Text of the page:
Covert Channels in Cybersecurity

Written on December 19, 2019

My thoughts on the covert communications field, my opinion on the CSEC-750 course offered by RIT, and the outcomes of that class project.

UPDATE - Tuesday, Mar 10, 2020
I will present the paper and tool in:
 - Security B-Sides 2020, Rochester, New York. 
 - TECH TALK LIVE 2020, Lancaster, Pennsylvania. 

Before I start, I will mention my background in this field. Three months ago, I had no clue what does a covert channel mean. I thought it’s just a channel that is used for communication and is secure and not noisy. I thought it’s just a way of communication but with a fancy naming. But thankfully, that course changed my perspective. At the beginning of the course, we were required to read at least 13 different papers that implement different kinds of covert channels. I will list the papers below:

  • Covert Channels in the TCP/IP Protocol Suite By Craig H. Rowland.
  • USBee: Air-Gap Covert-Channel via Electromagnetic Emission from USB
  • Covert and Side Channels due to Processor Architecture
  • Covert Channels in Multiplayer First PersonShooter Online Games
  • Syntax and Semantics-PreservingApplication-Layer Protocol Steganography
  • 20 Years of Covert Channel Modeling and Analysis
  • A Note on the Confinement Problem
  • A Practical Approach to Identifying Storage and Timing Channels:Twenty Years Later
  • Covert Channels in the HTTP Network Protocol: Channel Characterizationand Detecting Man-in-the-Middle Attacks
  • Webpage Source Based Covert Channel
  • SSDP Covert Channel
  • The Perfect Dead Drop; The Use of Cyberspace for Covert Communications

Every paper gave me many very different ideas and perspectives about the subject. The course is designed in a way where students get introduced to all kinds of implementations. Implementations for channels using sections in protocols like ICMP, IPv4, IPv6, HTTP, Wireless protocols, and RFID. Other implementations make use of features like the cache on processors, keyboard keystrokes sounds, room lights, and other unexpected uses, and all these designs have amazed me.

Interesting Outcomes

It’s hard to summarize all the class dissections and papers I mentioned above, but I will mention the main point I liked about the class. What I found interesting about this new field is that every author offers an introduction to Covert Channels, and they define “Covert Channel” in different ways. Each author has it’s own definition. I noticed that even in the classroom, since “Covert Channels” don’t have a fixed definition, extended dissections result in the class, and the main reason almost every time is that we have different meanings for a Covert Channel. I think that is understandable due to the fact that it’s an unknown and vague field comparing it with other fields like cryptography, I think it has a good promising future, especially in this age where everyone “loves” Cybersecurity.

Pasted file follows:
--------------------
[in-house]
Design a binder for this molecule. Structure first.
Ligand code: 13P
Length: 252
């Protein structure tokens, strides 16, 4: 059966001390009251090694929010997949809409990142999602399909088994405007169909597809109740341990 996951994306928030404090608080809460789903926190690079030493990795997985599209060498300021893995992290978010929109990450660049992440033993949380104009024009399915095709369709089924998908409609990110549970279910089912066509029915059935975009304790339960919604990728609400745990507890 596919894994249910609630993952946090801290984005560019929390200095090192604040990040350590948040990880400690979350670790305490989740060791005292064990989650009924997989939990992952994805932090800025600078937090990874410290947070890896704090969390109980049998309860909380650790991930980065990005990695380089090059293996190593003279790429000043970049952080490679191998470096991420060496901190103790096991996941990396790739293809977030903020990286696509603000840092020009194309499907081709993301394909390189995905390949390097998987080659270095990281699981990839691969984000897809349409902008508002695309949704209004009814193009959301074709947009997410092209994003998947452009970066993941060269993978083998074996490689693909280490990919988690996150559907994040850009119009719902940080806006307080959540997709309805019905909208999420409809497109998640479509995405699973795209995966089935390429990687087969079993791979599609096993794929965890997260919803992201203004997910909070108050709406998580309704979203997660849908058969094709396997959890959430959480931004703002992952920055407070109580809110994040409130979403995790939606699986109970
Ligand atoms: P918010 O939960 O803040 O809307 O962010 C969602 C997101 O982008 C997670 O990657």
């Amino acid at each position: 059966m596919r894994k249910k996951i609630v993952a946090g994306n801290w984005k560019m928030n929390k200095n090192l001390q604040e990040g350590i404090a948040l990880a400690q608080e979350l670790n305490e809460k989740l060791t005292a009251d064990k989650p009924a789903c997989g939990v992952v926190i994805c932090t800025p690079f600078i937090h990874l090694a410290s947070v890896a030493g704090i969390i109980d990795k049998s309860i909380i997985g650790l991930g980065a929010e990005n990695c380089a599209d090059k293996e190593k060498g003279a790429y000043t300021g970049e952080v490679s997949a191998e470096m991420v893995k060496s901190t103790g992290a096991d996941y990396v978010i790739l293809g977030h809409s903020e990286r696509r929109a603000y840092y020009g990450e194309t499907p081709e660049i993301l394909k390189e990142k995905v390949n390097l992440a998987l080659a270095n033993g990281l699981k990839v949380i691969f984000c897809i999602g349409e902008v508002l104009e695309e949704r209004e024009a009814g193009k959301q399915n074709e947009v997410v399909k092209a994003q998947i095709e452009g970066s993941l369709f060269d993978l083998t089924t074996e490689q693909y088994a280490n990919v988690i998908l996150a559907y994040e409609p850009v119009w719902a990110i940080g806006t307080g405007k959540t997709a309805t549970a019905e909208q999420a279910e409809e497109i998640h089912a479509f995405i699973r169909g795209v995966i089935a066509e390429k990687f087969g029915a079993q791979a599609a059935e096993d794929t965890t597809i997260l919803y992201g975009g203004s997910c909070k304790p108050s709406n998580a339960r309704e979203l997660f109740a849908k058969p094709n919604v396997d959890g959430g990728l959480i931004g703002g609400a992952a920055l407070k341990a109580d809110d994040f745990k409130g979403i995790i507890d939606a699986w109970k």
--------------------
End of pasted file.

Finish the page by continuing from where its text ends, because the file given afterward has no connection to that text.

Covert Channel Using ISN TCP

In the second week, after reading almost five new papers, each student was challenged to reimplement a covert channel based on an old paper. Thus, I found this paper that talks about information stealing through a covert channel via abusing HTTP POST method. (reference) It was a strat forward idea that uses the Initial sequence numbers (ISN) in the Transmission Control Protocol (TCP) packets, particularly the SYN packets. I was only required to sniff for POST requests, get the body, convert it, append it to a list, then send each element in a sequence. To see the code: CC Using ISN TCP

Hidden in Plain Sight

Lastly, we divided into groups, and we were again challenged to implement a brand new idea and write about it, and if we are lucky, present it in a good conference. My group’s idea is creating covert communication channels using Twitter’s API. We struggled to come up with a new idea, and we changed it much time. We thought that an idea with a generic approach like this would be a good start since we don’t want to be restricted by other factors during the implementations. It’s just different covert communication channels that use Twitter’s API. These channels can be used in many use cases. Use cases we thought of, like using it in C2 implementations and targeted malware attacks to exfiltrate specific data. We wrote a paper that discusses our implementation, and this is the link if you are interested in reading it: Hidden in Plain Sight, Presentation slides. We have requested to present in Shmoocon and Security B-Sides Rochester to talk about the project, so let’s hope they like the talk :)

Conclusion

I didn’t expect that changing small details in some unutilized headers in IPv6 can lead to a severe breach that is hard to detect. I didn’t see the importance of this field and have always been saying, “Install a rootkit, and they will never find anything.”, which is totally wrong. Even a customized rootkit with new and unknown behavior, there would be some weak points where it can be detected, unlike covert channels where some incidents say they existed for years without being disclosed.

This class was very diversified and exciting. If you are an RIT student, I recommend taking this class. A lot of reading and a little bit of writing but it worths it. It will change at least some perspectives in your mind about the subject if you didn’t know that much about covert channels.